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“I think art and activism are the same”: Charlotte Cooper on fat art, the war on obesity, and punk as an assertive femme sensibility



An interview on the occasion of Charlotte’s ‘LADA Study Room Guide on Fat’ coinciding with the release of the government’s ‘Better Health’ campaign.

Charlotte Cooper is a writer, activist, Live Artist, psychotherapist and cultural critic - as well as a living archive of fat feminist queer activism. In August she added her invaluable contribution to the LADA Study Room Guides collection. Tantalising Glimpses: A Study Room Guide on Fat, through Charlotte’s ever-intersectional prism and exhilarating writing, gives an overview of all the things in LADA’s Study Room that relate to fat. Inevitably, it poses some critical questions – such as why fat Live Art is hard to find – and gives some hard answers - such as that this happens because of thin people feeling entitled to define the terms and the context of the conversation. Charlotte starts her Study Room Guide with a beautiful condensation one should probably learn by heart to repeat every time needed: “I love fat people and see us as part of the fabric of humanity, not a debate about health, beauty or social cost. I think fat is a political subject”.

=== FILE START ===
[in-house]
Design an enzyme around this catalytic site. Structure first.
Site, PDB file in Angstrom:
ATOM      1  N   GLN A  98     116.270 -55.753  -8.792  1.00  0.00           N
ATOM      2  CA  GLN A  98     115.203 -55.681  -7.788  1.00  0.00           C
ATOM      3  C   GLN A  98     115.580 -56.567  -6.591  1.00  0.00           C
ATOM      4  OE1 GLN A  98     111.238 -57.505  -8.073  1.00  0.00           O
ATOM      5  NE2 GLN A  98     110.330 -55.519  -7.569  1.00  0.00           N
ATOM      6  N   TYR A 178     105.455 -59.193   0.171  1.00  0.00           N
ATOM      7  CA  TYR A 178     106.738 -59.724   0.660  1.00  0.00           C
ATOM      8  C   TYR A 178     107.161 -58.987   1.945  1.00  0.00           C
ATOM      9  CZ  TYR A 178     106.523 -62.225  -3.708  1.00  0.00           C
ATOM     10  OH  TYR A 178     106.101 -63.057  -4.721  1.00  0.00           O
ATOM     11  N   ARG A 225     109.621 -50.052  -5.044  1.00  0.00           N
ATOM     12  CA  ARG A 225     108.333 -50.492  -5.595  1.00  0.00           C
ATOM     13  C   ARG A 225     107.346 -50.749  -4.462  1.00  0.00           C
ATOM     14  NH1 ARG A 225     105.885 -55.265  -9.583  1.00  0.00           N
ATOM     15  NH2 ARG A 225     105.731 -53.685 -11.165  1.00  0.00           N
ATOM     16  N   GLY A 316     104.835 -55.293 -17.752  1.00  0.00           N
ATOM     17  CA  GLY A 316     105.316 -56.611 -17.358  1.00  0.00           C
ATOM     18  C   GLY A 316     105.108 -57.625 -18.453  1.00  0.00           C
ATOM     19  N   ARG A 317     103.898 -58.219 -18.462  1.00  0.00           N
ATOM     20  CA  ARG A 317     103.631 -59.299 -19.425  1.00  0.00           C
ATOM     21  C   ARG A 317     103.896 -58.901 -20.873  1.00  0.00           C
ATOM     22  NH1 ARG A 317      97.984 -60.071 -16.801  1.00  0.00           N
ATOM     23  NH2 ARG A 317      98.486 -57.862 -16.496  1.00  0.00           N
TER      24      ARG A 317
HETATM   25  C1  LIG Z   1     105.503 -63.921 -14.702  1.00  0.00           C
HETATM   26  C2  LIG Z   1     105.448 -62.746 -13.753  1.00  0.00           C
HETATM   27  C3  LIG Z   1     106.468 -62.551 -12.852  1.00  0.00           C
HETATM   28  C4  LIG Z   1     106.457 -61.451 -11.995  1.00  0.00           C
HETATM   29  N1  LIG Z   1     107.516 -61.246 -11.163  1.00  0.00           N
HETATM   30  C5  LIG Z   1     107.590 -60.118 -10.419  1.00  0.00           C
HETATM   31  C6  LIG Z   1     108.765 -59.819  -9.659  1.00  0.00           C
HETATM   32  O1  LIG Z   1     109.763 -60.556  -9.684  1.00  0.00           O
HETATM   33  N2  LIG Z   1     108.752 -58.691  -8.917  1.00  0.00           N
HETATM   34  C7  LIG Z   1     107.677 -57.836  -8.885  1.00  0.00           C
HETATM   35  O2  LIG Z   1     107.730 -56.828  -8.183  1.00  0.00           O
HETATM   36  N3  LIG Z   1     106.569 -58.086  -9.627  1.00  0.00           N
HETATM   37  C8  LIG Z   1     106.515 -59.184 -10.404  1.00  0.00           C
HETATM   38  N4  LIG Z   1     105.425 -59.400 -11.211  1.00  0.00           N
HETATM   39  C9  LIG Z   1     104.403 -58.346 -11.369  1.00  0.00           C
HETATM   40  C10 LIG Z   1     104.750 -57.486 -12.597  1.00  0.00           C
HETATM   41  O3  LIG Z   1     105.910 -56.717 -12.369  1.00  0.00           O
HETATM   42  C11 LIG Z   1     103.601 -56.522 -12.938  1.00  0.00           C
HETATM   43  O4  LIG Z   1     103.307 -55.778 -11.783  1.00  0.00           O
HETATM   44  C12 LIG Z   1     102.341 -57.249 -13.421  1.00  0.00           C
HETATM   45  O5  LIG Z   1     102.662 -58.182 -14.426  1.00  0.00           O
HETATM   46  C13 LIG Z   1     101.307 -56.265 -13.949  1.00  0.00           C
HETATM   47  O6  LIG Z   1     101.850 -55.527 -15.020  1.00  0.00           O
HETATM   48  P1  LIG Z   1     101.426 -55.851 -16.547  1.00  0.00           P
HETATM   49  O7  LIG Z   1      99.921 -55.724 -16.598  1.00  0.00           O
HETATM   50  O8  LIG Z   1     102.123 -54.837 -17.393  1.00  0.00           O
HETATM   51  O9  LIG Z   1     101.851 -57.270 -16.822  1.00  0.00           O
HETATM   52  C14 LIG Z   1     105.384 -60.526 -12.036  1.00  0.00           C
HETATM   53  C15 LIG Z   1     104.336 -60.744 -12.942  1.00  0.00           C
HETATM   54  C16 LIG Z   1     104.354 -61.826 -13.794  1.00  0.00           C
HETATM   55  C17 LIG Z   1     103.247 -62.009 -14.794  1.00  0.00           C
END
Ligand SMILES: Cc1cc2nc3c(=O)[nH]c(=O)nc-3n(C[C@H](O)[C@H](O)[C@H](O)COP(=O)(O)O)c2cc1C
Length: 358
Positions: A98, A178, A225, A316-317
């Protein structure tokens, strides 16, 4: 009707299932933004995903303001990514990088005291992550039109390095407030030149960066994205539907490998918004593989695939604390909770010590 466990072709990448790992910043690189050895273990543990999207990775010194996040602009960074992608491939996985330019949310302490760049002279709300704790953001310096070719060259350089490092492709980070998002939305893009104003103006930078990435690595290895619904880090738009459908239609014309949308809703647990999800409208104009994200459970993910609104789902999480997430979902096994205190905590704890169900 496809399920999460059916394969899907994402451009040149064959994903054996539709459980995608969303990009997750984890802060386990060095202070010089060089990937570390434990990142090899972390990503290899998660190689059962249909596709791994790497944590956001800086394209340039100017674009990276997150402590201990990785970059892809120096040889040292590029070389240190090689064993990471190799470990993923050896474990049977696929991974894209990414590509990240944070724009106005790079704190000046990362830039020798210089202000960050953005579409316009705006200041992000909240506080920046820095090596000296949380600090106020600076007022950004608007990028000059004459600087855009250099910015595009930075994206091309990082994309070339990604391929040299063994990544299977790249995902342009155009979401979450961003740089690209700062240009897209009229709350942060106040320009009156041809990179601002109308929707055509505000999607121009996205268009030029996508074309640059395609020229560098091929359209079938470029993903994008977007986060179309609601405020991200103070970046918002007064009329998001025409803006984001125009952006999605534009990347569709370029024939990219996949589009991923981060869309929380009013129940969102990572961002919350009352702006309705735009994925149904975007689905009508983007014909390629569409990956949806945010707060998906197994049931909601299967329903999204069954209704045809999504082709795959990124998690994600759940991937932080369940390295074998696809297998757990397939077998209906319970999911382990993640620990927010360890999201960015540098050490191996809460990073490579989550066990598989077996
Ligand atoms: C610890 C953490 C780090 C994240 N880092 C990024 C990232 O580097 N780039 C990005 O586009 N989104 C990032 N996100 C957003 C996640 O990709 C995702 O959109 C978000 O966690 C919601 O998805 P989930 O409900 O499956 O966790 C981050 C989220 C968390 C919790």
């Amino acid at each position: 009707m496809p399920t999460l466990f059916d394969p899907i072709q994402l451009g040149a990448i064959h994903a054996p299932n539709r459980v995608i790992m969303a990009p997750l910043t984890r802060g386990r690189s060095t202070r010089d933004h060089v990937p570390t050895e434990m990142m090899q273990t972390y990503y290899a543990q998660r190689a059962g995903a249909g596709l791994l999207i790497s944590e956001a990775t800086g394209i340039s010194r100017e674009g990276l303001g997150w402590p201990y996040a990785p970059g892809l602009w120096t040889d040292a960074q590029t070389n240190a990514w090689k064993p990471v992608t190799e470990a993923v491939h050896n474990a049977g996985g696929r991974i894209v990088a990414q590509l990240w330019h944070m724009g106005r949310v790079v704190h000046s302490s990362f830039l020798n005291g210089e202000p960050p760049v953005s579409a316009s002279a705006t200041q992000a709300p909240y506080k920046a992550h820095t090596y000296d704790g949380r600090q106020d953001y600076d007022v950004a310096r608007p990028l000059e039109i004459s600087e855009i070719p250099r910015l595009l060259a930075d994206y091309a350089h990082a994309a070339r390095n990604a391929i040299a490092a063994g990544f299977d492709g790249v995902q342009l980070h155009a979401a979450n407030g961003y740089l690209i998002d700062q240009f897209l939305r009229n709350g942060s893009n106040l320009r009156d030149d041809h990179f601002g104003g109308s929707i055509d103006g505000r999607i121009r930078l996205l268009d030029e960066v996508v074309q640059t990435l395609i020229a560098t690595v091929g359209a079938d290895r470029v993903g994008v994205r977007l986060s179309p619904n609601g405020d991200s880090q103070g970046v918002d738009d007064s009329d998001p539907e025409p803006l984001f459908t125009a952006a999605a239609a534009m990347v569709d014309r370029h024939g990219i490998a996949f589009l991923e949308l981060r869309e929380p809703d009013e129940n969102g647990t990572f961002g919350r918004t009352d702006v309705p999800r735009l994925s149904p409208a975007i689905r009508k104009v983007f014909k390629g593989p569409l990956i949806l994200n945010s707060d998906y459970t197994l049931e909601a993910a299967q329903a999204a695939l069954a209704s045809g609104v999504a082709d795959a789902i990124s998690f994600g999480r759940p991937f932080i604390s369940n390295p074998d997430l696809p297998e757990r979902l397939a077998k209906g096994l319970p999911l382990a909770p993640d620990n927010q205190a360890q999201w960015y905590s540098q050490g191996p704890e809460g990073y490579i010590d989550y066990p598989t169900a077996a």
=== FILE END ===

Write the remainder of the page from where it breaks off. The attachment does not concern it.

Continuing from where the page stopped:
Natalia Damigou Papoti talked with her about her Study Room Guide, her -inextricable - practice and politics, and about the Better Health campaign, recently released by the government to ‘tackle obesity’.